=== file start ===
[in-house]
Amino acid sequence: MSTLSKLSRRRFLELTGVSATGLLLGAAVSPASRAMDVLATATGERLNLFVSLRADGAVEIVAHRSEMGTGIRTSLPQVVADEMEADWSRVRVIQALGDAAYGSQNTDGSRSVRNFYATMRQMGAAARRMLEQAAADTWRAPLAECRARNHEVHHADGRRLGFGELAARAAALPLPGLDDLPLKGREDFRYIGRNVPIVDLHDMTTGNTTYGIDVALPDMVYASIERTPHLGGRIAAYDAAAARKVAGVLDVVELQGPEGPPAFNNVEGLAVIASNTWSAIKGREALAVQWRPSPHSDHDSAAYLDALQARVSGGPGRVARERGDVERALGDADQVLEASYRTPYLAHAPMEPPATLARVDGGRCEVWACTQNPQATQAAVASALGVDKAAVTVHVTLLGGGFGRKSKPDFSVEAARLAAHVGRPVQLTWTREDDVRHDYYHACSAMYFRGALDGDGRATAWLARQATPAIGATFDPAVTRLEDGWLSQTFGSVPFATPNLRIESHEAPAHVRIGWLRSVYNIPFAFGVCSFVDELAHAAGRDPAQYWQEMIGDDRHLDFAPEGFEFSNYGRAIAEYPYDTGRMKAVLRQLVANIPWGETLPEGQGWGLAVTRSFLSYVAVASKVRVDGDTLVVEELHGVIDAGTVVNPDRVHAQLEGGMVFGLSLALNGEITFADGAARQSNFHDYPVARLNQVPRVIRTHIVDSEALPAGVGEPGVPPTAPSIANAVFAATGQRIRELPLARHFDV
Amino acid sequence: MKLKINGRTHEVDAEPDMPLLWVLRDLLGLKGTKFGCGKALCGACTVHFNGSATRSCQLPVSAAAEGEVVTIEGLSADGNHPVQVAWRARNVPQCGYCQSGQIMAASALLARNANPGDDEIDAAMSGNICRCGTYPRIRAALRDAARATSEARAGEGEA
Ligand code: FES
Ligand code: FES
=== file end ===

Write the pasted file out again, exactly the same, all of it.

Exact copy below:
[in-house]
Amino acid sequence: MSTLSKLSRRRFLELTGVSATGLLLGAAVSPASRAMDVLATATGERLNLFVSLRADGAVEIVAHRSEMGTGIRTSLPQVVADEMEADWSRVRVIQALGDAAYGSQNTDGSRSVRNFYATMRQMGAAARRMLEQAAADTWRAPLAECRARNHEVHHADGRRLGFGELAARAAALPLPGLDDLPLKGREDFRYIGRNVPIVDLHDMTTGNTTYGIDVALPDMVYASIERTPHLGGRIAAYDAAAARKVAGVLDVVELQGPEGPPAFNNVEGLAVIASNTWSAIKGREALAVQWRPSPHSDHDSAAYLDALQARVSGGPGRVARERGDVERALGDADQVLEASYRTPYLAHAPMEPPATLARVDGGRCEVWACTQNPQATQAAVASALGVDKAAVTVHVTLLGGGFGRKSKPDFSVEAARLAAHVGRPVQLTWTREDDVRHDYYHACSAMYFRGALDGDGRATAWLARQATPAIGATFDPAVTRLEDGWLSQTFGSVPFATPNLRIESHEAPAHVRIGWLRSVYNIPFAFGVCSFVDELAHAAGRDPAQYWQEMIGDDRHLDFAPEGFEFSNYGRAIAEYPYDTGRMKAVLRQLVANIPWGETLPEGQGWGLAVTRSFLSYVAVASKVRVDGDTLVVEELHGVIDAGTVVNPDRVHAQLEGGMVFGLSLALNGEITFADGAARQSNFHDYPVARLNQVPRVIRTHIVDSEALPAGVGEPGVPPTAPSIANAVFAATGQRIRELPLARHFDV
Amino acid sequence: MKLKINGRTHEVDAEPDMPLLWVLRDLLGLKGTKFGCGKALCGACTVHFNGSATRSCQLPVSAAAEGEVVTIEGLSADGNHPVQVAWRARNVPQCGYCQSGQIMAASALLARNANPGDDEIDAAMSGNICRCGTYPRIRAALRDAARATSEARAGEGEA
Ligand code: FES
Ligand code: FES